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York Study Says Schools Should Do More to Create Communities


1:05pm 17th May 2013

A major new study suggests a range of potential improvements in the way schools pursue citizenship education.

The study, carried out by the Department of Education at York, in partnership with the National Foundation for Educational Research (NFER), resulted in the Creating Citizenship Communities report which was launched at the Palace of Westminster.

It suggests that while schools are ‘hugely active’ in promoting citizenship education and community cohesion, more could be done to create a sense of community in schools themselves. The study also found that schools could do more to help young people engage with their local communities.

The project, which was supported by a grant from the Esmée Fairbairn Foundation, involved a range of research tools including a national survey of schools and focus groups of young people in eight schools across the UK.

Young people suggest that schools should take citizenship education more seriously and that it should be more directly relevant to their lives.

Meanwhile, the survey of school coordinators and leaders on community cohesion and citizenship found that while a wide range of activities takes place in schools to develop students’ sense of social responsibility, schools face significant challenges in helping young people to understand and become constructively engaged in society.

The study also found that, at times, relatively little attention is paid to young people’s knowledge and experience in the development of citizenship education.

Drawing on the results of the study, researchers make a series of recommendations:

  • The status of citizenship education and community should be raised in schools
  • Inaccurate negative stereotypical representations of young people and the ways in which they engage in communities should be challenged
  • There should be more explicit links made within schools to connect citizenship education (which is often seen as almost exclusively curricular) with community (which is often principally developed through a whole school approach)
  • There should be more opportunities to explore the educational potential of young people’s knowledge and experience of communities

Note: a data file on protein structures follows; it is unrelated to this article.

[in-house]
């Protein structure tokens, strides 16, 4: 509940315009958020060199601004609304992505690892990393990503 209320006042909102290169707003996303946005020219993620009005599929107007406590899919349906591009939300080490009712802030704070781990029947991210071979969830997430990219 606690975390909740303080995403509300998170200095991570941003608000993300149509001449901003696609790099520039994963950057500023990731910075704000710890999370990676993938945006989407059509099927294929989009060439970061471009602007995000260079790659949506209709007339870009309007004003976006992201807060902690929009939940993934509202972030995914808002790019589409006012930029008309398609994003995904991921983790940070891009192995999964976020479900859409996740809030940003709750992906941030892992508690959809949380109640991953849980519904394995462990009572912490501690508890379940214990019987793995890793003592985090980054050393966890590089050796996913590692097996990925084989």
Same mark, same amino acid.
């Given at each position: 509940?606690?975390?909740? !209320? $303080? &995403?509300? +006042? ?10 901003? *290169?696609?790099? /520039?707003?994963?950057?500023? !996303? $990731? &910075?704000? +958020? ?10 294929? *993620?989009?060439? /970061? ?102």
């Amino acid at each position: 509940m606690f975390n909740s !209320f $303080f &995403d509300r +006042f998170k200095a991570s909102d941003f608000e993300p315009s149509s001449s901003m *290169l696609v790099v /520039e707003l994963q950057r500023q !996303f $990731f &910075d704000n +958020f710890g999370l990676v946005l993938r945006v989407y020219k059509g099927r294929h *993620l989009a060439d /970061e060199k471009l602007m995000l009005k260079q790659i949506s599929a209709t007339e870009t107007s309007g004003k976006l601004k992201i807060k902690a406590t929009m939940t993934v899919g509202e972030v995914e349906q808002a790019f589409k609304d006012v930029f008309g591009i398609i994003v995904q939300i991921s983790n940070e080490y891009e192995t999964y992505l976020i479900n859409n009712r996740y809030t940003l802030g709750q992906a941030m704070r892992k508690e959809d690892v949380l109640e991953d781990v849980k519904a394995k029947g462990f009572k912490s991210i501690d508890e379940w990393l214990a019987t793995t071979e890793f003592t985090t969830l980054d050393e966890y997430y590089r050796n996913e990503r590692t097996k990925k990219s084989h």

Professor Ian Davies, of the Department of Education at the University of York, said: “There may be a lack of connection between work in schools and the lives of young people beyond school. Young people know a good deal about their communities but this may not be taken fully into account by teachers.

“Secondly, there may be a lack of co-ordination between the citizenship education teacher and those with responsibility for strengthening the school’s community involvement. The vast majority of schools declare their commitment to both citizenship education and community cohesion but respondents less commonly reported that their schools had specific objectives or targets which linked citizenship with the community.”

Jennifer Jeffes, Research Manager at NFER, which carried out the survey, said: “The Creating Citizenship Communities project represents an important step forward in understanding the connections that schools and young people make between citizenship education and their involvement in communities. The findings from this research now provide a real opportunity for the learning community to consider how schools can be further supported to bring together classroom learning with young people’s community activities outside of school.”

Baroness Estelle Morris, who chaired the launch of the Creating Citizenship Communities report at Westminster, said: “We all want and expect young people to grow into confident adult citizens, understanding and contributing to the communities of which they are members. Schools have an important role in helping them to achieve this yet too often it is a neglected area of the curriculum. The findings of this research should both help to raise the profile of this important area and contribute to improving practice.”

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